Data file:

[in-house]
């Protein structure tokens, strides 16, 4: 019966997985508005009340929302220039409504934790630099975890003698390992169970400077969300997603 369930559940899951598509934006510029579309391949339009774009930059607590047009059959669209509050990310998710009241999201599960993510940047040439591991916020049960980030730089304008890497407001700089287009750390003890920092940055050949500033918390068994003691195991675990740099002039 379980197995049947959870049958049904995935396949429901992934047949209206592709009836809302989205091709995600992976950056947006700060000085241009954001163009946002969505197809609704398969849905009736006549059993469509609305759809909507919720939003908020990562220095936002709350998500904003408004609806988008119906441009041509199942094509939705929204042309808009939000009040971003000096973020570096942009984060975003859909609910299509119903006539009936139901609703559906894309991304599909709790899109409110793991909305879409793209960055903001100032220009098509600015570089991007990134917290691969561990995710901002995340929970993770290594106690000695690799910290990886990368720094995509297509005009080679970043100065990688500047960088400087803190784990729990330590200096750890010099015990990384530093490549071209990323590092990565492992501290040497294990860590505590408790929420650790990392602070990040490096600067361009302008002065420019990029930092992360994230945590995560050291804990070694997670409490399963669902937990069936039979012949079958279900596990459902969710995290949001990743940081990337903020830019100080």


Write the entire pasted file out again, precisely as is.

[in-house]
């Protein structure tokens, strides 16, 4: 019966997985508005009340929302220039409504934790630099975890003698390992169970400077969300997603 369930559940899951598509934006510029579309391949339009774009930059607590047009059959669209509050990310998710009241999201599960993510940047040439591991916020049960980030730089304008890497407001700089287009750390003890920092940055050949500033918390068994003691195991675990740099002039 379980197995049947959870049958049904995935396949429901992934047949209206592709009836809302989205091709995600992976950056947006700060000085241009954001163009946002969505197809609704398969849905009736006549059993469509609305759809909507919720939003908020990562220095936002709350998500904003408004609806988008119906441009041509199942094509939705929204042309808009939000009040971003000096973020570096942009984060975003859909609910299509119903006539009936139901609703559906894309991304599909709790899109409110793991909305879409793209960055903001100032220009098509600015570089991007990134917290691969561990995710901002995340929970993770290594106690000695690799910290990886990368720094995509297509005009080679970043100065990688500047960088400087803190784990729990330590200096750890010099015990990384530093490549071209990323590092990565492992501290040497294990860590505590408790929420650790990392602070990040490096600067361009302008002065420019990029930092992360994230945590995560050291804990070694997670409490399963669902937990069936039979012949079958279900596990459902969710995290949001990743940081990337903020830019100080």